Rats were euthanized by CO2 asphyxiation at 17 week of
age and colons were collected for enumeration of Aberrant Crypt Foci (ACF).
The colons were flushed with potassium phosphate buffer (0.1 M, pH 7.2),
split open and ACF were enumerated as described by Bird (1987).
Glutathione-S-Transferase (GST) Assay
Approximately 1 g of liver samples were homogenized in 10 volumes
of potassium phosphate buffer (pH 7.0, 0.1M) and centrifuged at 10,000
x g for 30 min. Clear supernatant was collected and an aliquot was mixed
1, chloro 2, 4-dinitrobenzene, potassium phosphate buffer and reduced
glutathione. GST activity was measured using a Cary1/3 UV/VIS dual beam
spectrophotometer as outlined by Habig et al. (1974).
Data were analyzed using ANOVA (SAS, 2004). Means were separated using Turkey`s studentized range test. Differences
were considered significant at p<0.05 (28).
Determination of Phenolics, Flavonoids and Vitamin C Antioxidant
Capacity in Red Fresh and Dry Sorrel
Total phenolics expressed as Gallic Acid Equivalents (GAE) and flavonoid
contents as Catechin Equivalents (CE) of fresh and dried red sorrel calyces
were 433.7"1.4, 408.2"1.3, 279.5"1.5 and 271.3"1.3 mg/100 g, respectively.
VCAEC in fresh and dry red sorrel were 293.4"2.2 and 256.8"1.0 mg/100
g, respectively. There were no significant differences (p<0.05) in
total phenolics, flavonoids and vitamin C antioxidant capacity between
fresh and dry sorrel (Table 2).
Feed Intake, Body Weight, Cecal pH and Cecal Weights
Body weight gains of rats were lower (p<0.05) in the control than
in the sorrel fed rats. Rats fed 10% SJ had a significantly higher (p<0.05)
weight gain. There were also significant (p<0.05) differences in feed
intake in rats fed control (C) and SJ and SM. Cecal weights were higher
in the control than in sorrel fed rats (Table 3). Cecal
pH was significantly (p<0.05) lower in the rats fed sorrel meal and
juice compared to the control. There were however, no significant (p<0.05)
differences in cecal pH between rats fed SM and SJ.
Aberrant Crypt Foci
The rats administered saline (vehicle), showed no evidence of ACF
formation in the colon (data not shown). In rats fed control, AOM induced
an average of .150 ACF/colon. Totals ACF numbers in rats fed SJ and SM
were 24.8 and 38.6, respectively (Table 4). Compared
to the control
||Total phenolics, flavonoids and Vitamin C Antioxidant
Capacity (VCAC) in fresh and dried sorrel
|Values are Means"SEM ab: Means in rows without
a common letter(s) different significantly (p<0.05) using Tukey`s
||Weight gain, feed intake and cecal weight and cecal
pH of Fisher 344 male rats fed control, sorrel juice and sorrel meal
|Values are means"SEM. abc: Means in rows
without a common letter(s) different significantly (p<0.05) using
Tukey`s studentized test
||Effect of Sorrel juice and Sorrel meal on Aberrant Crypt
Foci (ACF) and total crypts in colon of Fisher 344 male rats
|Values are Means"SEM. abc: Means in a column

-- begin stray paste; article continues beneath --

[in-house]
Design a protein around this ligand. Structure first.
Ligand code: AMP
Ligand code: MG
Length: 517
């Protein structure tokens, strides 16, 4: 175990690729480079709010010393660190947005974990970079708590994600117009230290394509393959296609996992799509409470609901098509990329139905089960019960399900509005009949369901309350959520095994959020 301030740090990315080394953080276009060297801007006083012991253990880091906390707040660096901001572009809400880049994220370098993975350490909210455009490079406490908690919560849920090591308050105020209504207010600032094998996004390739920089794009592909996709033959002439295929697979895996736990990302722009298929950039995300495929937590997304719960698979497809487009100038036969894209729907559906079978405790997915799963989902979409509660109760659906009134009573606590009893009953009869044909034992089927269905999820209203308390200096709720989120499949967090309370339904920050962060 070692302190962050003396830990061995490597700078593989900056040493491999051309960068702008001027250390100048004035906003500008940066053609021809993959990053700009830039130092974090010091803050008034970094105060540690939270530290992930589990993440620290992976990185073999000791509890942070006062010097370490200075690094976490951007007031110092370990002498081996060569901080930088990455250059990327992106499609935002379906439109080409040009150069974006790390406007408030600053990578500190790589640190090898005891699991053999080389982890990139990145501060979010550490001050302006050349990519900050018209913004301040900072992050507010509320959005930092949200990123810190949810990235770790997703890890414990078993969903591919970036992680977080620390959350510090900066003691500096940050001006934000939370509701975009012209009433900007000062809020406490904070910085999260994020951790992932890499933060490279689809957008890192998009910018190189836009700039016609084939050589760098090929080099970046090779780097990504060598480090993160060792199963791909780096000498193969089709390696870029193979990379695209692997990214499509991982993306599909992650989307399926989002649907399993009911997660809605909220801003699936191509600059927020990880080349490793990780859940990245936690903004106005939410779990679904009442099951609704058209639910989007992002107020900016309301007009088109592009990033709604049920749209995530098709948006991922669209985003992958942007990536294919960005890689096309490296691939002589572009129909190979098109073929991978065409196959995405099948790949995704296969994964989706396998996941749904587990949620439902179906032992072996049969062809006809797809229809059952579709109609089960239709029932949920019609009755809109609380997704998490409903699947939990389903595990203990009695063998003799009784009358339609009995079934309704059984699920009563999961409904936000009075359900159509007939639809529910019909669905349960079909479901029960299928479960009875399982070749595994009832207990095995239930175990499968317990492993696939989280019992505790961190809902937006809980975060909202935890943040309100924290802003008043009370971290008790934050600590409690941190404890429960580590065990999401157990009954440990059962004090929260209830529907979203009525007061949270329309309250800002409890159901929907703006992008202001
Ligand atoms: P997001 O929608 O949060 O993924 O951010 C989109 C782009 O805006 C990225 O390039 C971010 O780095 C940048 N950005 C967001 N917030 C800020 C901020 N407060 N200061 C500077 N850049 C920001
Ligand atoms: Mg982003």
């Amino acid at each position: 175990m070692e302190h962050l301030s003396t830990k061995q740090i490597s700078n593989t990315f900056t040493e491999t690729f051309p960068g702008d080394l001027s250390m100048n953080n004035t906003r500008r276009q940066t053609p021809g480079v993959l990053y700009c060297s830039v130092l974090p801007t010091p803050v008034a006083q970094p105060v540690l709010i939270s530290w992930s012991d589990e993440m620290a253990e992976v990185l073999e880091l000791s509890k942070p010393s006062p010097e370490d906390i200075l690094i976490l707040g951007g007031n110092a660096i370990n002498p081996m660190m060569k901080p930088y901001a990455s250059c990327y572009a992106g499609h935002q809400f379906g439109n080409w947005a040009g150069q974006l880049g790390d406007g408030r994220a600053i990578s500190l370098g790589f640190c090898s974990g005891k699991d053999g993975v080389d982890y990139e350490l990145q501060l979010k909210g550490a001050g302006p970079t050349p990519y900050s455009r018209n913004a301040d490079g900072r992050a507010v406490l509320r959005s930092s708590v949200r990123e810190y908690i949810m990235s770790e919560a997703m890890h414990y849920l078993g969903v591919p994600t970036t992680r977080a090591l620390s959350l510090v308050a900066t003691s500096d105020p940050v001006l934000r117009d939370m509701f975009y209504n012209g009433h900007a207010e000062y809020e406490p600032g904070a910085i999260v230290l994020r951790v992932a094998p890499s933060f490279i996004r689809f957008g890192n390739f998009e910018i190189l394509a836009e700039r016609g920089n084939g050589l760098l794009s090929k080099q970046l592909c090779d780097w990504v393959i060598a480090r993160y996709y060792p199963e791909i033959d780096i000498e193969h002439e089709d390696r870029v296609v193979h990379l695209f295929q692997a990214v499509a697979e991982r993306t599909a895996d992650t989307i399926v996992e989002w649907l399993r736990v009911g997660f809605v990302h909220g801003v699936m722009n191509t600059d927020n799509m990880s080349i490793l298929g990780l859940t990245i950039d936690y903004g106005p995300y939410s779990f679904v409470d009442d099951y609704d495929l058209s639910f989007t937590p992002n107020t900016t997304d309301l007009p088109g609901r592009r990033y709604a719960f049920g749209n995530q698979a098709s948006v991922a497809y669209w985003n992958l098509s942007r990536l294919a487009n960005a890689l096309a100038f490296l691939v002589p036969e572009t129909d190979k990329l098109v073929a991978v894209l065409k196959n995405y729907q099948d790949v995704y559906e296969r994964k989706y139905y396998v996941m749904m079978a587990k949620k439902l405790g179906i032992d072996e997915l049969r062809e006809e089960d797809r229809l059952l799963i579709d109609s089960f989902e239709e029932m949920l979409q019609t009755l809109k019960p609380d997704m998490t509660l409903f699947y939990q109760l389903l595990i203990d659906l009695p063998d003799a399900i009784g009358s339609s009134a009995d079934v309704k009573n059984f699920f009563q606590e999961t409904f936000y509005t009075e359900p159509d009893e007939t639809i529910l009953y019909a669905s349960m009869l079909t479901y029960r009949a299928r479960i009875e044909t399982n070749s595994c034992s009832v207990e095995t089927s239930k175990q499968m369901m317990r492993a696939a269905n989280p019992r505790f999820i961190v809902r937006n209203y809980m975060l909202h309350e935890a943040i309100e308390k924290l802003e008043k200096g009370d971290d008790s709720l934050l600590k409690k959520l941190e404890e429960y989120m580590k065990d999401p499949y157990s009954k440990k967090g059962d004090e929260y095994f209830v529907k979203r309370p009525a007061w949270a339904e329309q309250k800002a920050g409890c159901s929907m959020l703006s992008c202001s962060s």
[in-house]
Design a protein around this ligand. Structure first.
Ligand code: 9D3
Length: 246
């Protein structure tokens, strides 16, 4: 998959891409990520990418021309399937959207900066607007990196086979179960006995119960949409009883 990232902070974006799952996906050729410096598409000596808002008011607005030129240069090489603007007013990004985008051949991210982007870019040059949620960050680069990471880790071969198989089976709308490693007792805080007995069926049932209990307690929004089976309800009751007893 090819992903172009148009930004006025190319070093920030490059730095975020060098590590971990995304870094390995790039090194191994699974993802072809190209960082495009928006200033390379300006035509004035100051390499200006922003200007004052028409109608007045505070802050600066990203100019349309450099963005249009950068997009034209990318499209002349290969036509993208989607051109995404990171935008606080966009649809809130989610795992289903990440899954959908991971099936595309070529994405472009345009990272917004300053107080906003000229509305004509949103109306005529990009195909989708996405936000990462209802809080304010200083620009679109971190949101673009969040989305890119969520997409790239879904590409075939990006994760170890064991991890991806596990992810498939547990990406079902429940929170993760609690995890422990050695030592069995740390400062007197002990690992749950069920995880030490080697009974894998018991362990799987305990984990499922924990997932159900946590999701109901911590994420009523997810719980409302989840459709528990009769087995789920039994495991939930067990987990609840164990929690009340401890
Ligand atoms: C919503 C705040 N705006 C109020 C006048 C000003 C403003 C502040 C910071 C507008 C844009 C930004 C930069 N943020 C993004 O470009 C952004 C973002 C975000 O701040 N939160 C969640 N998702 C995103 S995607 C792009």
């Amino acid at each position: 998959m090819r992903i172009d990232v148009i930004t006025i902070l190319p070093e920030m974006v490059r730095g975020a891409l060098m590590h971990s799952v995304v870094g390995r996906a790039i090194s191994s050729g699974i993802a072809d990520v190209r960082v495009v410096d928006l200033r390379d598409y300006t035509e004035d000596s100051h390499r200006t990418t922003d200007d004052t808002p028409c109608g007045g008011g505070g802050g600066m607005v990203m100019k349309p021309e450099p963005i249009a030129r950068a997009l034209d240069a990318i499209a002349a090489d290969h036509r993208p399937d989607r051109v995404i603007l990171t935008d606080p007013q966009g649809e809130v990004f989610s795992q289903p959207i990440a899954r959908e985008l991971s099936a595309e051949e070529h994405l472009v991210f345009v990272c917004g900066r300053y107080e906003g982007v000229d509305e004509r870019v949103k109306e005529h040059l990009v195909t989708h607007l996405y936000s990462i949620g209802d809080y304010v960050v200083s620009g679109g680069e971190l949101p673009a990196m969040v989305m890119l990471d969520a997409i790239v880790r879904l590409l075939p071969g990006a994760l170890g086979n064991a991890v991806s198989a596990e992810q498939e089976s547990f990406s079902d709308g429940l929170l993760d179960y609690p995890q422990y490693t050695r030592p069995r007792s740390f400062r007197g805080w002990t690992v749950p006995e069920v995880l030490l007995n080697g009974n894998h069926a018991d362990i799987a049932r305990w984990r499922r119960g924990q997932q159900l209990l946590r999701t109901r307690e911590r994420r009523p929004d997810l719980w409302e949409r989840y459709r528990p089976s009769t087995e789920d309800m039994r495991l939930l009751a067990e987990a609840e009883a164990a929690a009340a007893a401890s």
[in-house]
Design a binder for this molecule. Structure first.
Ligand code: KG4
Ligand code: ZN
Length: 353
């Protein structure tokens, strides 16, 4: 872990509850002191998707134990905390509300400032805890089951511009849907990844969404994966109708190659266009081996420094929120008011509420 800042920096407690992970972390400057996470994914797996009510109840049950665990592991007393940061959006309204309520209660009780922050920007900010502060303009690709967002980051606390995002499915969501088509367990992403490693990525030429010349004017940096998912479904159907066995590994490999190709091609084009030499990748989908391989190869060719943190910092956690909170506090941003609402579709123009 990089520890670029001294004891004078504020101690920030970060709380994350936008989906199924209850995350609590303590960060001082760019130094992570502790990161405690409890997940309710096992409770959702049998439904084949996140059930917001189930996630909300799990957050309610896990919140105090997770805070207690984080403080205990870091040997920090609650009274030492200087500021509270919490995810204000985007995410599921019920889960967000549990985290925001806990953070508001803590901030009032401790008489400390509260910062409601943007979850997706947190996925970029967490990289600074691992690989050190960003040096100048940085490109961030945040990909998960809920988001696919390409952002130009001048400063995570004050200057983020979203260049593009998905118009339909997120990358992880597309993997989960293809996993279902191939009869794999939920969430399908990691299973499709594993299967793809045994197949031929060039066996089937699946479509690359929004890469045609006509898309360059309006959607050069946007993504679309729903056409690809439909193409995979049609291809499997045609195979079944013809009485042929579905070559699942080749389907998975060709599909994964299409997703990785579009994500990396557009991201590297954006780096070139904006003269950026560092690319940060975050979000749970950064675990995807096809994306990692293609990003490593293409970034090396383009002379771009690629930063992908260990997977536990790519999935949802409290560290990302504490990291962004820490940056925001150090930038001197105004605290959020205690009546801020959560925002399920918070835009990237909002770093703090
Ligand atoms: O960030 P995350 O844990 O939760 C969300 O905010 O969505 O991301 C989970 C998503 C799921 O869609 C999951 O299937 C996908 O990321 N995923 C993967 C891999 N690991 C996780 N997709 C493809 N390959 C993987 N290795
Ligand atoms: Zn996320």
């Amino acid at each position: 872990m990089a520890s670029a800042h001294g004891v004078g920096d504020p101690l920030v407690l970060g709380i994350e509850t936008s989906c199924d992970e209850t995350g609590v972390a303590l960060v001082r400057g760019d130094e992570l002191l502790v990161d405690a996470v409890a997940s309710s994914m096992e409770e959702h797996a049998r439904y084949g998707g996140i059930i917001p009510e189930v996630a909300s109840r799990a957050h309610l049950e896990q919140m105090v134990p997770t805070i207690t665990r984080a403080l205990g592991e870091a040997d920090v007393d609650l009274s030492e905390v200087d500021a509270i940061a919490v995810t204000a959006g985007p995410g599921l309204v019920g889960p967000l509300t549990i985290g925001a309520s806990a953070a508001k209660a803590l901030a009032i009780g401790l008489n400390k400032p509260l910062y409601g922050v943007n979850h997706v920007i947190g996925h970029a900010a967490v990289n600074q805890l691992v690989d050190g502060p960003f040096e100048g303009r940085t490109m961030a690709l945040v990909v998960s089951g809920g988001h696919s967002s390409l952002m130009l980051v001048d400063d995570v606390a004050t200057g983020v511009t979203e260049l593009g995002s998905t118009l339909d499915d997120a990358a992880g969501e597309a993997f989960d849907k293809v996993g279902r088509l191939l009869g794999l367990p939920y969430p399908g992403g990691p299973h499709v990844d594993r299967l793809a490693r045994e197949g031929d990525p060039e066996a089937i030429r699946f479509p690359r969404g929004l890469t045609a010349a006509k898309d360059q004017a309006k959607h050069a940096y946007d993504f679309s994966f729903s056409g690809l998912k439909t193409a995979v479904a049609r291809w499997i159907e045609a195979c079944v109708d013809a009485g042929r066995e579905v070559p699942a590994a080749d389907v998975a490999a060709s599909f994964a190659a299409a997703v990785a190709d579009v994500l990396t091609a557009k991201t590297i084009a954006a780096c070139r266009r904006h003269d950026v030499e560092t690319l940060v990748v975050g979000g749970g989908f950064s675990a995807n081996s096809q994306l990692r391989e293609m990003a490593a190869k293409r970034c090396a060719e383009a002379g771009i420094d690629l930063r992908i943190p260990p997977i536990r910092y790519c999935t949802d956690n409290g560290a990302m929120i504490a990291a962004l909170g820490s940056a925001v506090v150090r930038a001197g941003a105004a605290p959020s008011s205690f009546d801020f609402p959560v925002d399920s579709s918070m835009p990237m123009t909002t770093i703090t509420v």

without common letter(s) different p<0.05 using Tukey`s studentized
||Glutathione S-Transferase (GST) activity in rats fed
Sorrel as compared to the controls
|Values are means"SEM. abc: Means in the column
with a different letter(s) differ significantly (p<0.05) using
Tukey=s studentized test
there was 83.8 and 78% reduction in ACF in rats fed SJ and SM, respectively.
Total number of aberrant crypts was significantly (p<0.05) higher in
rats fed control compared to sorrel fed rats. The distal colon had
higher numbers of ACF (p<0.05) than the proximal segment
(Table 4). Foci with 4 and >5 crypts were lower
(p<0.05) in rats fed SM and SJ than in the control (data not shown).
Glutathione-S-Transferase Activity (GST)
There was a significant (p<0.05) increase in liver GST (μmol
mg-1) (a crucial detoxification enzyme) in rats fed SJ (81%)
and SM (percent) compared to the control. GST activity (μmol mg-1)
increased from 9.2 in the rats fed control diet to 31.5 and 49.4 in the
rats fed sorrel meal and juice, respectively (Table 5).
Recently, attention is being focused on the protective biochemical
functions of naturally occurring antioxidants in biological systems and
on their mechanisms of action. Results from this study indicate that total
phenolics and flavonoid contents in red sorrel are greater than those
in some traditional temperate fruits. The results are comparable with
a study by Kim et al. (2003) on red plum cultivars where they reported
values of 174 to 375 mg/100 g for phenolics, expressed as gallic acid
equivalents and 118 to 237 mg/100 g for flavonoids, expressed as catechin
equivalents. Total phenolic concentrations of various apple cultivars
were reported to range from 50.9 to 140 mg GAE/100 g (Lee and Smith, 2000)
while another study reported that total phenolics content of red plums
was 144 mg/100 g, expressed as catechin equivalents (Karakaya et al.,
The flavonoid contents in red sorrel which accounts for its red color
are also recognized as powerful antioxidants (Kandaswami and Middleton,
1994) with strong scavenging effects on superoxide radicals. This may
be the most important function of flavonoids (Miller et al., 1996).